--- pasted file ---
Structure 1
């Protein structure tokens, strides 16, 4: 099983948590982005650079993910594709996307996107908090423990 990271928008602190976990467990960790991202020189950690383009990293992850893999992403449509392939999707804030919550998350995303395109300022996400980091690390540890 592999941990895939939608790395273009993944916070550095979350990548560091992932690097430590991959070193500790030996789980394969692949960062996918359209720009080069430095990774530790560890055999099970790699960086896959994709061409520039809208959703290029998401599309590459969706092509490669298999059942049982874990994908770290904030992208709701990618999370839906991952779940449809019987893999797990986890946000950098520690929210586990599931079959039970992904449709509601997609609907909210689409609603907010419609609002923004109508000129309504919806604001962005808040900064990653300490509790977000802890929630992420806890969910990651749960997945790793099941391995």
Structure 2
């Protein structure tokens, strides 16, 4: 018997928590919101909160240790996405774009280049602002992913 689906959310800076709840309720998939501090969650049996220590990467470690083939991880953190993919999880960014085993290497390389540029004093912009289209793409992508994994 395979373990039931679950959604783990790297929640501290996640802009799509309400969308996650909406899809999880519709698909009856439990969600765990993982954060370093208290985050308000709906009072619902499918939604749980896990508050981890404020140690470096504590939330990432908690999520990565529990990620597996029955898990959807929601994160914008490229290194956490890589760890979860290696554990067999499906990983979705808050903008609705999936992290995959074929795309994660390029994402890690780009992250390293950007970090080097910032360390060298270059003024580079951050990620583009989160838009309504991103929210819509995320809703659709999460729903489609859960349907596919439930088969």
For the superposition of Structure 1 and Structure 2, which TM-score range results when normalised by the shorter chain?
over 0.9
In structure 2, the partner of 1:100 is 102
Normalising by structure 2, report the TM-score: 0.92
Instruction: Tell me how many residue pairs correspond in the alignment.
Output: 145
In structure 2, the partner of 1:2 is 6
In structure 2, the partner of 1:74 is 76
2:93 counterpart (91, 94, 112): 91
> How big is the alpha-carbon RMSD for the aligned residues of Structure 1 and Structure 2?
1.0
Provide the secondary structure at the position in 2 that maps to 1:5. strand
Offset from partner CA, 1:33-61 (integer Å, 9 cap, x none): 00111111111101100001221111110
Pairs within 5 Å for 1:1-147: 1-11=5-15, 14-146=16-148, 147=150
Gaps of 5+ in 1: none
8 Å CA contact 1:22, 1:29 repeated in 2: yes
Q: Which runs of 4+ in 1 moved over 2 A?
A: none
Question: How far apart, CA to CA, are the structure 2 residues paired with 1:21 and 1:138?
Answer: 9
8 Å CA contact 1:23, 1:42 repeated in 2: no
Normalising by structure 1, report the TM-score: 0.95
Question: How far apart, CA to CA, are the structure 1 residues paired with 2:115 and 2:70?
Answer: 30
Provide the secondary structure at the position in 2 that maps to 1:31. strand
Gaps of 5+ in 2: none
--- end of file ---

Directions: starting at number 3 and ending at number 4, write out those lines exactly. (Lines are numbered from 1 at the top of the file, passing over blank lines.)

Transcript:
Structure 2
């Protein structure tokens, strides 16, 4: 018997928590919101909160240790996405774009280049602002992913 689906959310800076709840309720998939501090969650049996220590990467470690083939991880953190993919999880960014085993290497390389540029004093912009289209793409992508994994 395979373990039931679950959604783990790297929640501290996640802009799509309400969308996650909406899809999880519709698909009856439990969600765990993982954060370093208290985050308000709906009072619902499918939604749980896990508050981890404020140690470096504590939330990432908690999520990565529990990620597996029955898990959807929601994160914008490229290194956490890589760890979860290696554990067999499906990983979705808050903008609705999936992290995959074929795309994660390029994402890690780009992250390293950007970090080097910032360390060298270059003024580079951050990620583009989160838009309504991103929210819509995320809703659709999460729903489609859960349907596919439930088969």